With the rising level of competition in major league sports, more stress is exerted on the athletes’ bodies, leaving long term effects. No matter what sport these athletes take part in, there is a risk of various injuries. For example one of the more talked about ones is the concussion; a concussion is a traumatic brain injury that occurs when a hit to the head causes your brain to slam against your skull. This can be a common injury in athletes who engage in contact sports such as boxing, football or hockey. According to a study published in the January 2009 issue of the medical journal “Brain,” athletes who had experienced one or more concussions during their athletic careers were more likely to encounter a decline in physical and mental performance 30 years later in life compared to those who did not experience a concussion. The study tested the cognitive, neurological and physical performance of 19 former athletes with a history of concussion and 21 athletes with no concussion history. The researchers theorized that a concussion can damage the memory and attention portions of the brain. The benefit is if an athlete takes a development year, there can be new athletic technology and/or an increase in body development in order to decrease the risk of concussion; along with other injuries.

“Along with the risk of concussion, torn cartilage or ligaments on the playing field can increase the likelihood an athlete may experience arthritis later on in life” according to the National Center for Sports Safety. Arthritis occurs when the protective cartilage that cushions your bones wears down, causing the bones to rub against each other. The result is pain, swelling and difficulty moving your joints. Stress from injuries such as a torn anterior cruciate ligament can lead to the earlier onset of arthritis. As these young athletes are in their development year, they go through significant physical and psychological growth. Some young athletes may have bones that are still growing and forming. If an injury is sustained to a young athlete’s bony growth plate, the athlete may experience a bone deformity because the bone can no longer grow properly, according to the “European Journal of Pediatrics.” In addition to stippled growth, an improperly healed bone may take on a crooked appearance or have a visible extra notch of bone. Broken fingers not properly set may result in these bone-deformity types.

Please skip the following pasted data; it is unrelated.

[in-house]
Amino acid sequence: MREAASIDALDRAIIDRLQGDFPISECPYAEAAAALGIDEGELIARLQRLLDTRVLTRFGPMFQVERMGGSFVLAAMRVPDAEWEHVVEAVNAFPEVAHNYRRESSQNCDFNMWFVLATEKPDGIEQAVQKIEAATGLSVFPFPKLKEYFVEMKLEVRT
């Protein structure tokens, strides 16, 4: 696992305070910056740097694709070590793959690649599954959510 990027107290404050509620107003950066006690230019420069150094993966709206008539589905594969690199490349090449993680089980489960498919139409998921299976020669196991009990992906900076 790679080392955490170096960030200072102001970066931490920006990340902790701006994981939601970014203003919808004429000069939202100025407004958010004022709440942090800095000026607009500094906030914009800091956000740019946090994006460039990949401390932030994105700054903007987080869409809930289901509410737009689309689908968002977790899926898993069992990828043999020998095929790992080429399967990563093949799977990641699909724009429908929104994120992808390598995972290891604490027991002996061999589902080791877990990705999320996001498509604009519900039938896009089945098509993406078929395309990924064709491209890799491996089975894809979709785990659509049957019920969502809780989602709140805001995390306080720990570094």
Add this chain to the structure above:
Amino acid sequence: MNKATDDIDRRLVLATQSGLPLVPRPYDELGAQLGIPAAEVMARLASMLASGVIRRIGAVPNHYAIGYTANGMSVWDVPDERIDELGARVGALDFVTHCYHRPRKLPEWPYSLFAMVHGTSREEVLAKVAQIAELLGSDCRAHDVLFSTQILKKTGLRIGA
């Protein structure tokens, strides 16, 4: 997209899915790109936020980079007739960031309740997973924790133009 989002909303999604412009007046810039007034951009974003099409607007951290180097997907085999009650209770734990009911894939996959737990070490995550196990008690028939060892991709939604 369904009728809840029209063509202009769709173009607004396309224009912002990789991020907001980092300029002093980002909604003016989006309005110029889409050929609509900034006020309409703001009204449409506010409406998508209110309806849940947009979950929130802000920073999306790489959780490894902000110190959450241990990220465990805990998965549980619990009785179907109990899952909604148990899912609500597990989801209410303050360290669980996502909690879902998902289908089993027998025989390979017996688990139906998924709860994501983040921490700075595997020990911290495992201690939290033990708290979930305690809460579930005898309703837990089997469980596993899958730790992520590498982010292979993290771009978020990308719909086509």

When a young student-athlete is debating on taking a development year or not, it is important to bring many factors into consideration. Anywhere from mental and physical development to the need for a college degree, these athletes are the future of the sports leagues that they are competing for. 

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A Look Into A Gap Year For Athletes From The Medical Perspective. (2021, July 01). GradesFixer. Retrieved October 20, 2021, from